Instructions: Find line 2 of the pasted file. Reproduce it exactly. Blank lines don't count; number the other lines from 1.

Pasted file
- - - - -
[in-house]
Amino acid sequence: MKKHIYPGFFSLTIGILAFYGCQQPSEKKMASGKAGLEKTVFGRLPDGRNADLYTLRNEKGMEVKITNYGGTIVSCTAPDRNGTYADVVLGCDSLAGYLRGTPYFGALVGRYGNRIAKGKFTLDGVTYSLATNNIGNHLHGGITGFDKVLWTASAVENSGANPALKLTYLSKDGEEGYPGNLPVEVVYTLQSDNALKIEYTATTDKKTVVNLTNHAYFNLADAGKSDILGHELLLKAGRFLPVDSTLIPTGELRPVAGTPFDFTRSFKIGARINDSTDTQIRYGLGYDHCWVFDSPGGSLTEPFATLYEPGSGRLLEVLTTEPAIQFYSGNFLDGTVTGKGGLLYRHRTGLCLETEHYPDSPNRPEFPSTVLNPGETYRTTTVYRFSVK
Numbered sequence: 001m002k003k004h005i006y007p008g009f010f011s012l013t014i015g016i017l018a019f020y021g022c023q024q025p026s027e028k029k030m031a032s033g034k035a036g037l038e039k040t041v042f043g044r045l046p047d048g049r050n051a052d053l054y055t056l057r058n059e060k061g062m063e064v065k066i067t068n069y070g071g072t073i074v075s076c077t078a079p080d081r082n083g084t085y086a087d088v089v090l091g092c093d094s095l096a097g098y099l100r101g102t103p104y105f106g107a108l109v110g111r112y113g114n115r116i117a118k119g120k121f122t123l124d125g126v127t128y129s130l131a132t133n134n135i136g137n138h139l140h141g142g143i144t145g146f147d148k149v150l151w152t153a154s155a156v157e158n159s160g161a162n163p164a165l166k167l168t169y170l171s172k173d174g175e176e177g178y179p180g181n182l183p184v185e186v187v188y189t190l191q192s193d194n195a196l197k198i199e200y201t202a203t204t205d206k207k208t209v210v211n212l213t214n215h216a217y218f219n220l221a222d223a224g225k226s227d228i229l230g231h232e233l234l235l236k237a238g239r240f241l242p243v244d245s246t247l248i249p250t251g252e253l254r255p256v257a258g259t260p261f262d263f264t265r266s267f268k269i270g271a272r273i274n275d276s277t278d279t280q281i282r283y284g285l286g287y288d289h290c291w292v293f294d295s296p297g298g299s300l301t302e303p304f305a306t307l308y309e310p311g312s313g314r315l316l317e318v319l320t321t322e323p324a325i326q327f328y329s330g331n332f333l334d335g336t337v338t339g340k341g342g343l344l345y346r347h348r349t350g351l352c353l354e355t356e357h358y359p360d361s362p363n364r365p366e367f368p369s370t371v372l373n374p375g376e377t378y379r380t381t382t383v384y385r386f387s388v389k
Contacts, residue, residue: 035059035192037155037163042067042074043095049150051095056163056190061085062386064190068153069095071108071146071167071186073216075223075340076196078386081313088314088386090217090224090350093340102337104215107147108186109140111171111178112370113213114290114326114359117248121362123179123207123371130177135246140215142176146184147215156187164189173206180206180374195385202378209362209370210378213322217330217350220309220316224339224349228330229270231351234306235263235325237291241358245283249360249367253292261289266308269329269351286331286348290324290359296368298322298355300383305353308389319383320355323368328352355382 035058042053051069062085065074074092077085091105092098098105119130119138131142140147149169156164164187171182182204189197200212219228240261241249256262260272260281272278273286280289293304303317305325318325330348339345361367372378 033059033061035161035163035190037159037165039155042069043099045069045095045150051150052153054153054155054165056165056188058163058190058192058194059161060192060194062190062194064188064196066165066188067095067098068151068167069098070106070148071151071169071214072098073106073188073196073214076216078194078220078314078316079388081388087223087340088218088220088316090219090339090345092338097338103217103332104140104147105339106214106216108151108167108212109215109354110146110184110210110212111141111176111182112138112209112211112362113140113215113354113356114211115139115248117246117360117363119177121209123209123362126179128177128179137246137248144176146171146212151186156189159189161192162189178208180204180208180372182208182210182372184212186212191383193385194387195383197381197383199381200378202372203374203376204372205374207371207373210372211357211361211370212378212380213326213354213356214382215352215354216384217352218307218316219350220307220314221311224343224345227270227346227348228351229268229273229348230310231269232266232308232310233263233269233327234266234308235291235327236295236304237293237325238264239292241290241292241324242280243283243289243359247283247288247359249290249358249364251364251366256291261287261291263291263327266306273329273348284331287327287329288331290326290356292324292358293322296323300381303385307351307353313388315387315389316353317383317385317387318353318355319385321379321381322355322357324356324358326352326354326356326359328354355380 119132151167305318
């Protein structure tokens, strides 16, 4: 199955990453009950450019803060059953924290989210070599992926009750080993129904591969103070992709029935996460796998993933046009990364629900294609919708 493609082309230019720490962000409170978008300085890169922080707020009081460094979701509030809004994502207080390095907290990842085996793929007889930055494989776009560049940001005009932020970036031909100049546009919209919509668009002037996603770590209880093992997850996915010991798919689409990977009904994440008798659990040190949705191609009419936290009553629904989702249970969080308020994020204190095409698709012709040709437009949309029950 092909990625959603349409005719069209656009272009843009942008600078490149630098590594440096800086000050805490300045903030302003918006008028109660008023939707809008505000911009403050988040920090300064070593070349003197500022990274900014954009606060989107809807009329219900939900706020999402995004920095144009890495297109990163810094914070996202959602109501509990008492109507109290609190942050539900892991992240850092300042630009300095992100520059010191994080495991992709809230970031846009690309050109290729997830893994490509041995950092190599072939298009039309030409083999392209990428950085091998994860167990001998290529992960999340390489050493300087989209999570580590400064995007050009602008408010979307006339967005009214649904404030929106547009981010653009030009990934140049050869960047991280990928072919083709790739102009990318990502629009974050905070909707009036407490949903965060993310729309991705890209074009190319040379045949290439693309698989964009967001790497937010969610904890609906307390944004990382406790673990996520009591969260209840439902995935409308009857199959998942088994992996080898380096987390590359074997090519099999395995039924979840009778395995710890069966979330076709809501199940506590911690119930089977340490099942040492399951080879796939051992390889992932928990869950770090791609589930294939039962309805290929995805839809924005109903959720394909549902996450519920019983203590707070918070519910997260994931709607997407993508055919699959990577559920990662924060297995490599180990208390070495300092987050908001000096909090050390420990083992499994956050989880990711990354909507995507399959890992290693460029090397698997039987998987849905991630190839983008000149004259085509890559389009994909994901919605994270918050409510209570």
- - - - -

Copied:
Amino acid sequence: MKKHIYPGFFSLTIGILAFYGCQQPSEKKMASGKAGLEKTVFGRLPDGRNADLYTLRNEKGMEVKITNYGGTIVSCTAPDRNGTYADVVLGCDSLAGYLRGTPYFGALVGRYGNRIAKGKFTLDGVTYSLATNNIGNHLHGGITGFDKVLWTASAVENSGANPALKLTYLSKDGEEGYPGNLPVEVVYTLQSDNALKIEYTATTDKKTVVNLTNHAYFNLADAGKSDILGHELLLKAGRFLPVDSTLIPTGELRPVAGTPFDFTRSFKIGARINDSTDTQIRYGLGYDHCWVFDSPGGSLTEPFATLYEPGSGRLLEVLTTEPAIQFYSGNFLDGTVTGKGGLLYRHRTGLCLETEHYPDSPNRPEFPSTVLNPGETYRTTTVYRFSVK